Q. What causes stress fractures in runners? Could a vegan diet be a factor?
A. A stress fracture is a small crack in the bone. It’s an “accumulation injury,” said Dr. Michael Terry, an orthopedic surgeon and professor of orthopedic surgery at Northwestern Medicine.
With exercise and everyday activities, and even our normal body weight, we are constantly putting stress on our bones. But that isn’t necessarily a bad thing, since stress causes microdamage to our bones that our body naturally repairs, and that continual repair process helps to make the bones stronger.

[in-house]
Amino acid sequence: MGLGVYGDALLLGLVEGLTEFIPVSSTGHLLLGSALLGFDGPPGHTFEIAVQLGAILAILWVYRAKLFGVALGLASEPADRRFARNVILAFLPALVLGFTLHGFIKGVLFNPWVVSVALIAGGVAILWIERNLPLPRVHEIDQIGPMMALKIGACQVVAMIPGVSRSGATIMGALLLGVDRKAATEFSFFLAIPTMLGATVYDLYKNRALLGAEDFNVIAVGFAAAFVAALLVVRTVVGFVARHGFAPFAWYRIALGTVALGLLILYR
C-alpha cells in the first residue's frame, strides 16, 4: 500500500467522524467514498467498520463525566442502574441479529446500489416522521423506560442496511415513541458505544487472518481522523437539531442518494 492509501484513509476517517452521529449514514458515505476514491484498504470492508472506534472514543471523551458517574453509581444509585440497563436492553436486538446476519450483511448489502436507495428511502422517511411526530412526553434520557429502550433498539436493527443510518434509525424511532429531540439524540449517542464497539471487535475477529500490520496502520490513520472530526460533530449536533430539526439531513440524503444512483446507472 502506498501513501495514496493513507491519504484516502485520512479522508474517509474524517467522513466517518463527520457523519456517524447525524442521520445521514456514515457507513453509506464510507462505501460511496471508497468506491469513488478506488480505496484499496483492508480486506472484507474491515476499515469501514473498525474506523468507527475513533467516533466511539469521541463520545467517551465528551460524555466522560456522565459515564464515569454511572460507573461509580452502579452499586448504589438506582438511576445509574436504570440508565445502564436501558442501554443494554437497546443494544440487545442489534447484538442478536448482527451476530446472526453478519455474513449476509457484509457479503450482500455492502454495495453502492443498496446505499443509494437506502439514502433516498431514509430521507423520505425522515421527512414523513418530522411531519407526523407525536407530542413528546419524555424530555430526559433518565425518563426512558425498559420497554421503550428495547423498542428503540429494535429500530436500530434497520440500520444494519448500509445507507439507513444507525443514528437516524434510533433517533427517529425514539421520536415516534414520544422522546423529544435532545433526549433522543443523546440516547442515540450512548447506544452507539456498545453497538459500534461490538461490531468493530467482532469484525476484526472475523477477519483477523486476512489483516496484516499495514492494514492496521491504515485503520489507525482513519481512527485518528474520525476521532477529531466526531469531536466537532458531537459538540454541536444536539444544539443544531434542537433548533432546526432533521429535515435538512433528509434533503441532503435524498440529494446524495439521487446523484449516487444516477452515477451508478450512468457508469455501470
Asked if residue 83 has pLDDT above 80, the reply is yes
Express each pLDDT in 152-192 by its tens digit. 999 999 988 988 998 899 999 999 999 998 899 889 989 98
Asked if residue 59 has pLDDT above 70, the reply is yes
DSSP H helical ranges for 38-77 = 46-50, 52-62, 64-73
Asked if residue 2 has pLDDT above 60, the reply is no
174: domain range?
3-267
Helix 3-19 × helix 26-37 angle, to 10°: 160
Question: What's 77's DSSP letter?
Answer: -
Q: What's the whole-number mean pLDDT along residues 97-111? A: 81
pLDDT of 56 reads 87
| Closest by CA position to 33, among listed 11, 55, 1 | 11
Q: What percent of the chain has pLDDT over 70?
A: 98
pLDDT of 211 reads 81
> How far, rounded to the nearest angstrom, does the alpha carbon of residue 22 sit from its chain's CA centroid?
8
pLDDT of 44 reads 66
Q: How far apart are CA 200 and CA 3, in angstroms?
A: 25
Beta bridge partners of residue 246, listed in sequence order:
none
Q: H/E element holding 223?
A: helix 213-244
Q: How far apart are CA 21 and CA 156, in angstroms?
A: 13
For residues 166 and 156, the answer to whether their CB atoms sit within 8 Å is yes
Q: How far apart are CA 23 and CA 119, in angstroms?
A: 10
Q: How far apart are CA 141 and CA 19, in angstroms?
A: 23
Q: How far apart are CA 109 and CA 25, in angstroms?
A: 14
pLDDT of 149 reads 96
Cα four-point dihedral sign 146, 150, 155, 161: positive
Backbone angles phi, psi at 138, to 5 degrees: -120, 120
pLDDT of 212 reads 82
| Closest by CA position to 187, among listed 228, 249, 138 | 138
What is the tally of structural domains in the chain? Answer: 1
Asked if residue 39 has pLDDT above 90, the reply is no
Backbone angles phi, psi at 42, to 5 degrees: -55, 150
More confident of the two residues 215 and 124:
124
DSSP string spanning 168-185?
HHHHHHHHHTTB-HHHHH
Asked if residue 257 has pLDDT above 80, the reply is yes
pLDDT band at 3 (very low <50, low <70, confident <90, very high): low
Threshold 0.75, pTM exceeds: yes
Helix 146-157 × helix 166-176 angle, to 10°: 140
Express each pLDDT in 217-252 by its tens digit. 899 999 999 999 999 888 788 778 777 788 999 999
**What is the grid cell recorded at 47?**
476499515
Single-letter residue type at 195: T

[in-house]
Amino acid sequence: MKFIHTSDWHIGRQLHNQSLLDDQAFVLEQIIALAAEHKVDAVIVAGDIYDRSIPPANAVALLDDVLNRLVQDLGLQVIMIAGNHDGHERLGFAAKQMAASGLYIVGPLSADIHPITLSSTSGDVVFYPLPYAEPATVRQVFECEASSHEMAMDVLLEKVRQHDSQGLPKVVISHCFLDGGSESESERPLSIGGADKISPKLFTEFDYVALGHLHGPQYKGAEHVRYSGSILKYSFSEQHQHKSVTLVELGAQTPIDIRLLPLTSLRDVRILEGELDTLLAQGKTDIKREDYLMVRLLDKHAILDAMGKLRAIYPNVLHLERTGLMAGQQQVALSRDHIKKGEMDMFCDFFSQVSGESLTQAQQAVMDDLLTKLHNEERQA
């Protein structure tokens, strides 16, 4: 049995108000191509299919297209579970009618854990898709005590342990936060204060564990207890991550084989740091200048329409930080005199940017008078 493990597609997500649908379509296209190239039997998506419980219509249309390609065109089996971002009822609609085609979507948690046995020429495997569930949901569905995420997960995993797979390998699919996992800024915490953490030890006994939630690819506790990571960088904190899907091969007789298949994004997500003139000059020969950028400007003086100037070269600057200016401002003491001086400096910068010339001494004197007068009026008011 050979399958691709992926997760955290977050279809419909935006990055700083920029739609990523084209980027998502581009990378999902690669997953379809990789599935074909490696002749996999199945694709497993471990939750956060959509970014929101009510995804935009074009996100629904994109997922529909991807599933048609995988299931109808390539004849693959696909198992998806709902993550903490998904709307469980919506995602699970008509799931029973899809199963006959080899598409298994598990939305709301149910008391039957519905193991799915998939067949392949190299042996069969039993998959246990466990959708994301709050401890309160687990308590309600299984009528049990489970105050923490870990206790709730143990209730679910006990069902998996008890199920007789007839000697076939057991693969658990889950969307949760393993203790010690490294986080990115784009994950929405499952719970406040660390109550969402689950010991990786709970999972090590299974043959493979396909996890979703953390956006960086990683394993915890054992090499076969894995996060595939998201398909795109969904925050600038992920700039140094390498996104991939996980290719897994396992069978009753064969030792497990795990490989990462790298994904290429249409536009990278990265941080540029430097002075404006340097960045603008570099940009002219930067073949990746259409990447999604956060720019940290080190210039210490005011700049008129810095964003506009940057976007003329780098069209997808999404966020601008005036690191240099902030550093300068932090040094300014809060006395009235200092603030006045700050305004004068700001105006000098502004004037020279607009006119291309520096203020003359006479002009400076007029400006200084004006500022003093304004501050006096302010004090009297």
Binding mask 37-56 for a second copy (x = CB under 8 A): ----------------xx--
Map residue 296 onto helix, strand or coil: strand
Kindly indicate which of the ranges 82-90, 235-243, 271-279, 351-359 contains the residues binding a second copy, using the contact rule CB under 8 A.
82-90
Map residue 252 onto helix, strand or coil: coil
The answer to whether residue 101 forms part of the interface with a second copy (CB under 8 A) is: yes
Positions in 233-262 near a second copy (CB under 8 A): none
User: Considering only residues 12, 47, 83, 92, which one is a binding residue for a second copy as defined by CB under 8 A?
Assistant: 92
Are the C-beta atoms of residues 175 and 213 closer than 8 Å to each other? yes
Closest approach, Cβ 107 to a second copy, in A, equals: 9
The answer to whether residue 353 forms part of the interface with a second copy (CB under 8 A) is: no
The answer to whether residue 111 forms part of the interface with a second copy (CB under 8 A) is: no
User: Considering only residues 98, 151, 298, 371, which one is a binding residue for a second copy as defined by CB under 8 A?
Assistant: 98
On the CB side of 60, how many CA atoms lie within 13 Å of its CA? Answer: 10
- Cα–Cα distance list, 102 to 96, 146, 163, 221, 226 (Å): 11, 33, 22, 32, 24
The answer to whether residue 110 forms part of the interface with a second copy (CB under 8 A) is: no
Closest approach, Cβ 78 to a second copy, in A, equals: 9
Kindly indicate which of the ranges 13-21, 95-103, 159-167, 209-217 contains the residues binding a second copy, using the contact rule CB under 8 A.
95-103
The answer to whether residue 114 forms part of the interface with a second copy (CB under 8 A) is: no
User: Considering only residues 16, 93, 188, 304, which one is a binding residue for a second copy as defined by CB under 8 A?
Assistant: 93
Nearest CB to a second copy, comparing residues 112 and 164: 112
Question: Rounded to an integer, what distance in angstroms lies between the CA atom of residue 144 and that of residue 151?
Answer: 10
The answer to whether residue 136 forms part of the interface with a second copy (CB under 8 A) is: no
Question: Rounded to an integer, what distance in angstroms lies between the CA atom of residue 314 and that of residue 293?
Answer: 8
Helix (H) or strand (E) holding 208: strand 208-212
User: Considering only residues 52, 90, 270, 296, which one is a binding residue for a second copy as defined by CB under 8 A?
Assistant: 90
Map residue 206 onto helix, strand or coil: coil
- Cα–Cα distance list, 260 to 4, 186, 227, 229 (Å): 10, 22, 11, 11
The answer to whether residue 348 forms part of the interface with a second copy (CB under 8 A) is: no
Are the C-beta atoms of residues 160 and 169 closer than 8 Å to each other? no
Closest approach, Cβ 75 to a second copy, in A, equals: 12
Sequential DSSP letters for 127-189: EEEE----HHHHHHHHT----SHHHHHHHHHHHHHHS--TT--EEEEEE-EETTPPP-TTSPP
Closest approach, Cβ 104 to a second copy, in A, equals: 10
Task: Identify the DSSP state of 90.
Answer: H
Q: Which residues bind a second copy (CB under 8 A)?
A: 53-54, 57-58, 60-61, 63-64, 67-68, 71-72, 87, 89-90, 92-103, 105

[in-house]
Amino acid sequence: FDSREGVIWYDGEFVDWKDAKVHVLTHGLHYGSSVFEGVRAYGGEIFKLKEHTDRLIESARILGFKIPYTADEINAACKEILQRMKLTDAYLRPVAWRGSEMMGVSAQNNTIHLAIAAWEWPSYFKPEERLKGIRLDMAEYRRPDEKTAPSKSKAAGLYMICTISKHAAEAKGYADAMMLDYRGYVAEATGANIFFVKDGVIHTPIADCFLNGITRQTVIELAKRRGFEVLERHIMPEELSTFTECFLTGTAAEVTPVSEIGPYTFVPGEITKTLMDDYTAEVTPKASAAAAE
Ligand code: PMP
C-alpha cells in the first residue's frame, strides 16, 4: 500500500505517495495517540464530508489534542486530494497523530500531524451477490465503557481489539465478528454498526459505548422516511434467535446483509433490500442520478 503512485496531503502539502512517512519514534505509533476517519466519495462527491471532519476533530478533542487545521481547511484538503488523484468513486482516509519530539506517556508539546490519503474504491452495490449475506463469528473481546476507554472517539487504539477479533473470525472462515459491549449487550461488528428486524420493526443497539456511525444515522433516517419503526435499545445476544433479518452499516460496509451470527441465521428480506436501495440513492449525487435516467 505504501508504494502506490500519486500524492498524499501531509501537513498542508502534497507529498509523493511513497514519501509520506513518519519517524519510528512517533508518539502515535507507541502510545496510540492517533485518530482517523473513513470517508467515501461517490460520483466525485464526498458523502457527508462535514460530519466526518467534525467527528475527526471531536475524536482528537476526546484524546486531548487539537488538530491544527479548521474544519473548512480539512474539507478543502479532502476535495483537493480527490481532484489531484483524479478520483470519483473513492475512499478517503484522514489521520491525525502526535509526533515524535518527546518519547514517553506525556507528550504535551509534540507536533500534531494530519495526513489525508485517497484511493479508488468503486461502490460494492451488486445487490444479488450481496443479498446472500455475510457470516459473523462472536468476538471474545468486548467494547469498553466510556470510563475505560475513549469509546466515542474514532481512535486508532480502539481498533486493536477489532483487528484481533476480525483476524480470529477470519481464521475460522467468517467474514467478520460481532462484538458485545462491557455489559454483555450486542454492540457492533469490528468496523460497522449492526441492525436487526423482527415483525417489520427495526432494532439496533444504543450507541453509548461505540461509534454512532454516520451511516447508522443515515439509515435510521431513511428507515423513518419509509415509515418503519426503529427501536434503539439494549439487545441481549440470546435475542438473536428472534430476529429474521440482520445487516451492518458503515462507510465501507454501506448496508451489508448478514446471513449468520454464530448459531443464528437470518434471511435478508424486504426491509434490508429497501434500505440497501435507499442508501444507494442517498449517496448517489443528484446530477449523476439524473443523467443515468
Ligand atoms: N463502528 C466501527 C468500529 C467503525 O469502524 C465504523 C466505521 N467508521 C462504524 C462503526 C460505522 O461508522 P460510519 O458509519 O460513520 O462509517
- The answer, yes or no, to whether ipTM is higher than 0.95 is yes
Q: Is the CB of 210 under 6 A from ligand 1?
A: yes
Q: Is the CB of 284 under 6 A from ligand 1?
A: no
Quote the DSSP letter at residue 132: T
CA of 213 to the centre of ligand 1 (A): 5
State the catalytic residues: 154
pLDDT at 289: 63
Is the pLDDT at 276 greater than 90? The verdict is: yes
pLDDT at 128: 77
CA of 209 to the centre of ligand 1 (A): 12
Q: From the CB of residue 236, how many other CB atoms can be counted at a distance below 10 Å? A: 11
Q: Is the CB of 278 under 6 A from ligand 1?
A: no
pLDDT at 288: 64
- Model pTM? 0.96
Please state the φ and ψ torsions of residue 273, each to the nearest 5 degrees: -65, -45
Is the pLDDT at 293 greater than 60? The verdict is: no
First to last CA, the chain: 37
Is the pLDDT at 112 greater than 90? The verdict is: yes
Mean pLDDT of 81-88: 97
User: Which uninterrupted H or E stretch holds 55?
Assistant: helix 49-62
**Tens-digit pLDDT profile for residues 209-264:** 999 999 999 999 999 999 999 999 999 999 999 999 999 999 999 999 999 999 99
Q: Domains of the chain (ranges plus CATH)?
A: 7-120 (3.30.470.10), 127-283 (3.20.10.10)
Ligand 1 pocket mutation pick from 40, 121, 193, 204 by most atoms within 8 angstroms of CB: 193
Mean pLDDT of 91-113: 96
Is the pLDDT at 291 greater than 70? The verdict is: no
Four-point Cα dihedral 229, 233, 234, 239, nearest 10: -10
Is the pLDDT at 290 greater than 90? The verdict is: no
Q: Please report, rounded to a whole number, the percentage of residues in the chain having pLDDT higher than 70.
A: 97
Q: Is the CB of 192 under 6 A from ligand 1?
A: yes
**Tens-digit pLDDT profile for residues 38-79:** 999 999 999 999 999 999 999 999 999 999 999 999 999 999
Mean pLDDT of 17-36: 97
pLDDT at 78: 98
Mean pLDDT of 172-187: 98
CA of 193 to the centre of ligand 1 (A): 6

However, “if you don’t give bones long enough to catch up, instead of getting stronger they’ll break down, and you accumulate enough injury that the bones can break,” Dr. Terry said.
The most common cause of stress fractures is overtraining to the point that your bones can’t heal. The chance of developing a stress fracture increases if you suffer from any condition that also affect bone health. Such conditions include amenorrhea, in which women stop menstruating, thyroid and parathyroid diseases, and renal diseases.
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